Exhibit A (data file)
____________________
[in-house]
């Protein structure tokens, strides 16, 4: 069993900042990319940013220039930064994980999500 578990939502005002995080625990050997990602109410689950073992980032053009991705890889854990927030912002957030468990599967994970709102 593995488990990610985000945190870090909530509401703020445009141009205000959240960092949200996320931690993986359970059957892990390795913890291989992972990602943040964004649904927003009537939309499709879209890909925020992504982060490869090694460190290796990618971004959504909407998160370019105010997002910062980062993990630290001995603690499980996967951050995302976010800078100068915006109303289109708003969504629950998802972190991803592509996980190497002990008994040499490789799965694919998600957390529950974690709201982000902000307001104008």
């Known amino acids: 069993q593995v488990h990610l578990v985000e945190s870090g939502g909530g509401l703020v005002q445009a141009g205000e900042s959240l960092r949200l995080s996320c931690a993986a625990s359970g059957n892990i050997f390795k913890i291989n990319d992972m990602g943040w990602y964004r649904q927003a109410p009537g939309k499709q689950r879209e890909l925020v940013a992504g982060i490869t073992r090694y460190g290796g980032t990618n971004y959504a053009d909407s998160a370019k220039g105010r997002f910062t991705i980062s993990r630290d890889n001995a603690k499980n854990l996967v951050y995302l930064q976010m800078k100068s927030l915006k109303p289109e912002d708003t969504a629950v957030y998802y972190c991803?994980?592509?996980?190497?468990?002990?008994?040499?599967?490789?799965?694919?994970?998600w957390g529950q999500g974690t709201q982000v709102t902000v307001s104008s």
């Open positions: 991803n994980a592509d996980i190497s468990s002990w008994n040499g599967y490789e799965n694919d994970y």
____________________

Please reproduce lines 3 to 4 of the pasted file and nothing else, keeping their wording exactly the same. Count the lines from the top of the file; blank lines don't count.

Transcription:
């Known amino acids: 069993q593995v488990h990610l578990v985000e945190s870090g939502g909530g509401l703020v005002q445009a141009g205000e900042s959240l960092r949200l995080s996320c931690a993986a625990s359970g059957n892990i050997f390795k913890i291989n990319d992972m990602g943040w990602y964004r649904q927003a109410p009537g939309k499709q689950r879209e890909l925020v940013a992504g982060i490869t073992r090694y460190g290796g980032t990618n971004y959504a053009d909407s998160a370019k220039g105010r997002f910062t991705i980062s993990r630290d890889n001995a603690k499980n854990l996967v951050y995302l930064q976010m800078k100068s927030l915006k109303p289109e912002d708003t969504a629950v957030y998802y972190c991803?994980?592509?996980?190497?468990?002990?008994?040499?599967?490789?799965?694919?994970?998600w957390g529950q999500g974690t709201q982000v709102t902000v307001s104008s």
């Open positions: 991803n994980a592509d996980i190497s468990s002990w008994n040499g599967y490789e799965n694919d994970y």